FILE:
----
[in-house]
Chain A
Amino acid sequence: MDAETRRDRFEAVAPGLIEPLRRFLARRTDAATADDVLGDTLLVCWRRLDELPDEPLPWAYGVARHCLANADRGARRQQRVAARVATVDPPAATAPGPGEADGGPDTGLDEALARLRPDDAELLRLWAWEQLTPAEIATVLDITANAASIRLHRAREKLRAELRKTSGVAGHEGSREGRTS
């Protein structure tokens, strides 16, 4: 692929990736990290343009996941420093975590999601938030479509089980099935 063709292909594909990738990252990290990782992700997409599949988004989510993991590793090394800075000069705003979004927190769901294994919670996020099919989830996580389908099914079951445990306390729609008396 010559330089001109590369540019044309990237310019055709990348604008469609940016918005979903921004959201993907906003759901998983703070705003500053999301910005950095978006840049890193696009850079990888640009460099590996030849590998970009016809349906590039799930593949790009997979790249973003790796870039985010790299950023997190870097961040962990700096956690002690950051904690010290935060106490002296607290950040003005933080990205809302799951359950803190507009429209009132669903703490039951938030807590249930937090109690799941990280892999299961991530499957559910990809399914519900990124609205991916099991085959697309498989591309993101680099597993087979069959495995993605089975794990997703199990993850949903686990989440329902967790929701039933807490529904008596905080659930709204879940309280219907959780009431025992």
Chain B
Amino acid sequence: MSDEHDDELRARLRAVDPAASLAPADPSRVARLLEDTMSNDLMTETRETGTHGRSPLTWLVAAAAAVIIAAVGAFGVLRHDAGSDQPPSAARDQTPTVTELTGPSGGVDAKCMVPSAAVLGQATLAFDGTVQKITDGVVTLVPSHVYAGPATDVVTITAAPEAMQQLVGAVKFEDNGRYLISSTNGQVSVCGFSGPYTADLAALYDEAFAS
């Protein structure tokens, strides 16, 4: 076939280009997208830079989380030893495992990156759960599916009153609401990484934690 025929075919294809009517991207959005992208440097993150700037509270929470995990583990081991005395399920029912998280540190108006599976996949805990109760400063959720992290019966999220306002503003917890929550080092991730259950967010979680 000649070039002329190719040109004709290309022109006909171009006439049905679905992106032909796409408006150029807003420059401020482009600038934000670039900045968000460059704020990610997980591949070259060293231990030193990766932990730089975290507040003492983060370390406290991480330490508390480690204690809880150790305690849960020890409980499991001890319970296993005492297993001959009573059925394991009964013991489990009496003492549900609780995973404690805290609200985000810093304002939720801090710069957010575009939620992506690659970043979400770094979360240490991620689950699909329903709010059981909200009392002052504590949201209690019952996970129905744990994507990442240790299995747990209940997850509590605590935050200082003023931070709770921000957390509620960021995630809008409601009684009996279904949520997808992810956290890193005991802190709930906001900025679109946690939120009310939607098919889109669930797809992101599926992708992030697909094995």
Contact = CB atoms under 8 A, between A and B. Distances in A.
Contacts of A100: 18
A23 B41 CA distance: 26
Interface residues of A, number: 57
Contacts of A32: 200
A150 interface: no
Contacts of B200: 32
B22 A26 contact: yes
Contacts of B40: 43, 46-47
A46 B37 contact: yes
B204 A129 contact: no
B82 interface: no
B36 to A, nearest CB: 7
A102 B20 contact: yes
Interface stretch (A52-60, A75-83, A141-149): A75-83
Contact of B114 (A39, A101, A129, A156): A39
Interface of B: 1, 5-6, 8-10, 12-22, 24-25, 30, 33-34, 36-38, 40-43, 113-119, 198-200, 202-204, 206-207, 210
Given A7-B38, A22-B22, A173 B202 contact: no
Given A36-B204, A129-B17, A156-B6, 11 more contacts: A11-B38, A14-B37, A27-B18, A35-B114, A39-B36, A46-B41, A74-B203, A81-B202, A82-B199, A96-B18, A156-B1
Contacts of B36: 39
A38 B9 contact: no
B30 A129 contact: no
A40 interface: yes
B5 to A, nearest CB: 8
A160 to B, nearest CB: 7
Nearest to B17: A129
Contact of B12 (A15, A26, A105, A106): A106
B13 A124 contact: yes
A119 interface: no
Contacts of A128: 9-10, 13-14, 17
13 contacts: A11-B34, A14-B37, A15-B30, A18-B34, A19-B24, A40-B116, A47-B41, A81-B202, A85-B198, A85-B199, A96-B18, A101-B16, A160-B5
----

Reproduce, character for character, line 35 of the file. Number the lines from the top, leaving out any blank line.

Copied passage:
B13 A124 contact: yes